Actions against Cardinal Mahony debated at L.A. church
Built in the 18th century, Our Lady Queen of Angels Church on Olvera Street is a historic landmark that Cardinal Roger Mahony would frequently visit for various events including the popular blessing of the animals.
But on Thursday, the mood at the Spanish Colonial chapel was decidedly more somber as parishioners quietly discussed Archbishop Jose Gomez’s dramatic decision to strip Mahony of any public and administrative church duties in the wake of the priest abuse scandal.
There were only a few people at the church Thursday evening. But when Mahony’s name was mentioned, other came to join the discussion.
“They seem to be taking drastic measures,” said Ralph Ochoa, a food volunteer. “They have to for the church to survive. A lot of people were hurt, they feel they were betrayed. It hurt parishioners and everyone too.”
Gomez acted after the release of church records showing that Mahony and another church leader tried to hide child abuse by priests from police.
Richard Estrada, a church volunteer from Los Angeles, said he remained skeptical that Mahony participated in the cover-up, adding that if he did, he was trying to protect the church.
“But it hurts everybody,” said Jose Lopez, a minister who said he become religious after multiple stints in prison. “Forget about embarrassment, it’s hurting the kids.”
“The whole thing is just a shame,” Estrada replied.
Ochoa started to interrupt, then paused. The group went quiet. He then took a small breath and spoke.
“I really think Mahony is a disgrace,” he said. “I really do. No matter what we say or do, no one knows. He’ll get his judgment.”
“If it’s true,” Estrada jumped in.
“We have to believe it’s true,” Ochoa said. “To keep our faith in the church.”
In a letter sent Thursday, Gomez outlined actions taken regarding both Mahony and Santa Barbara Bishop Thomas Curry.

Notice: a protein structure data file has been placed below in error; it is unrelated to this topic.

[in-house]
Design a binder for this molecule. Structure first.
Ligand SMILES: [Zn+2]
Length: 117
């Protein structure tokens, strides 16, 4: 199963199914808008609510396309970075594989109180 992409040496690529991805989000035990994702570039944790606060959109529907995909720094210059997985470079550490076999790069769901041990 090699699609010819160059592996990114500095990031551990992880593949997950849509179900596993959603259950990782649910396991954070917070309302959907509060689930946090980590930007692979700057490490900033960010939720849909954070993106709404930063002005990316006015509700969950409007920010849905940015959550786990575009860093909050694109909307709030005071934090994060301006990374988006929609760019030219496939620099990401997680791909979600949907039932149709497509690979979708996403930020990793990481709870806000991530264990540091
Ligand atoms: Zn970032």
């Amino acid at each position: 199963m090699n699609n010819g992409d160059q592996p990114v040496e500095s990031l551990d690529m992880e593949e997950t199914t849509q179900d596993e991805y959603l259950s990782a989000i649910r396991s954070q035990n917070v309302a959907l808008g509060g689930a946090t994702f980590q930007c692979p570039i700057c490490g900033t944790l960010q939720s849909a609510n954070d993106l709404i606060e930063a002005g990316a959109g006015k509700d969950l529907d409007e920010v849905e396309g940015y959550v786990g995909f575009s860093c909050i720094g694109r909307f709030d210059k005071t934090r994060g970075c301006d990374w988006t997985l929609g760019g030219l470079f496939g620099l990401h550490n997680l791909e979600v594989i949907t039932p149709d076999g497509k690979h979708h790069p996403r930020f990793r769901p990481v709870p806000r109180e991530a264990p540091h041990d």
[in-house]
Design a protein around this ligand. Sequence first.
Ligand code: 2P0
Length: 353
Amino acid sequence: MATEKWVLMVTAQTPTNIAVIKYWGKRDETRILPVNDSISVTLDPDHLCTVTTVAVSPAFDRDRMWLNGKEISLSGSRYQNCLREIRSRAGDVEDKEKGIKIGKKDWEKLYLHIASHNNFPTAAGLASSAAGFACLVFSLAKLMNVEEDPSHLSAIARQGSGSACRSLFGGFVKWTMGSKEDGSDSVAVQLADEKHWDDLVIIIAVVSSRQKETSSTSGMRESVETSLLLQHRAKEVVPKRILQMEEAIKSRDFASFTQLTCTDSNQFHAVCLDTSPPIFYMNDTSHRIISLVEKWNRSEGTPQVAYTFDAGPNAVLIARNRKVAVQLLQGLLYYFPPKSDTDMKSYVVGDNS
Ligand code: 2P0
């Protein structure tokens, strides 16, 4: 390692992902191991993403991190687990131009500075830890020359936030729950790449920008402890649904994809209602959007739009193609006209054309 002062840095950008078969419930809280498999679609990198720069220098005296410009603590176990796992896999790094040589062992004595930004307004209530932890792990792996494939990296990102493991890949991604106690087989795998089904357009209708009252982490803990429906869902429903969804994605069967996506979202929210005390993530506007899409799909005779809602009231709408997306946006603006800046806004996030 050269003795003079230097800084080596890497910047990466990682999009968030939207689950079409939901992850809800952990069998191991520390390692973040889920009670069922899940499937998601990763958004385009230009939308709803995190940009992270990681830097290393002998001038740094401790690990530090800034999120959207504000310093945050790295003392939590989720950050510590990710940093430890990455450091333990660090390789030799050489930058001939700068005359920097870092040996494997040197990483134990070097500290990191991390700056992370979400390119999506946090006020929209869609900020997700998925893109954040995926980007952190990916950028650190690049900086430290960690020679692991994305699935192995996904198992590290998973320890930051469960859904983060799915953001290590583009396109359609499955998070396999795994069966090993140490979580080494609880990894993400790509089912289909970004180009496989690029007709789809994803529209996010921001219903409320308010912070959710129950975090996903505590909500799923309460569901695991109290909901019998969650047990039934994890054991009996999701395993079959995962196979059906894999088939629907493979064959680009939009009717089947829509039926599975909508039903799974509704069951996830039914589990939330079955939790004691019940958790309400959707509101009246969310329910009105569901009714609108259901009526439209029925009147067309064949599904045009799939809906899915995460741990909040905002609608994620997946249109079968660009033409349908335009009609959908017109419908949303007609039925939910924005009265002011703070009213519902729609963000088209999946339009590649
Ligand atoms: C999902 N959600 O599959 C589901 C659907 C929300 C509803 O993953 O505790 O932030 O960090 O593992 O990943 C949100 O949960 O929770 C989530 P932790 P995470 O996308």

"Effective immediately, I have informed Cardinal Mahony that he will no longer have any administrative or public duties. Auxiliary Bishop Thomas Curry has also publicly apologized for his decisions while serving as Vicar for Clergy. I have accepted his request to be relieved of his responsibility as the Regional Bishop of Santa Barbara,” Gomez wrote.
[Updated at 9:44 p.m.: An archdiocese spokesman, Tod Tamberg, said that beyond cancelling his confirmation schedule, Mahony's day-to-day life as a retired priest would be largely unchanged. He resides at a North Hollywood parish, and Tamberg said he would remain a “priest in good standing” and continue to celebrate Mass there.]
Gomez also announced the church has released a trove of confidential church files detailing how the Los Angeles archdiocese dealt with priests accused of molestation.
Gomez wrote in a letter to parishioners that the files would be disturbing to read.
"I find these files to be brutal and painful reading. The behavior described in these files is terribly sad and evil. There is no excuse, no explaining away what happened to these children. The priests involved had the duty to be their spiritual fathers and they failed," he wrote. "We need to acknowledge that terrible failure today."
Gomez's statement came a week after the release of internal Catholic church records. The records showed 15 years before the clergy sex abuse scandal came to light, Mahony and Curry discussed ways to conceal the molestation of children from law enforcement. Those records represent just a fraction of the files the church released Thursday. The Times is now reviewing those files.
The records released last week offer the strongest evidence yet of a concerted effort by officials in the nation's largest Catholic diocese to shield abusers from police. The newly released records, which the archdiocese fought for years to keep secret, reveal in church leaders' own words a desire to keep authorities from discovering that children were being molested.
The records contain memos written in 1986 and 1987 by Mahony and Curry, then the archdiocese's chief advisor on sex abuse cases. In the confidential letters, Curry proposed strategies to prevent police from investigating three priests who had admitted to church officials that they had abused young boys.
Curry suggested to Mahony that they prevent the priests from seeing therapists who might alert authorities and that they give the priests out-of-state assignments to avoid criminal investigators. Mahony, who retired in 2011, has apologized repeatedly for errors in handling abuse allegations.
-- Joseph Serna on Olvera Street
Photo: Cardinal Roger Mahoney turns to look to the back of the courtroom as victims of priest abuse were asked to stand in July 2007. Credit: Al Seib / Los Angeles Times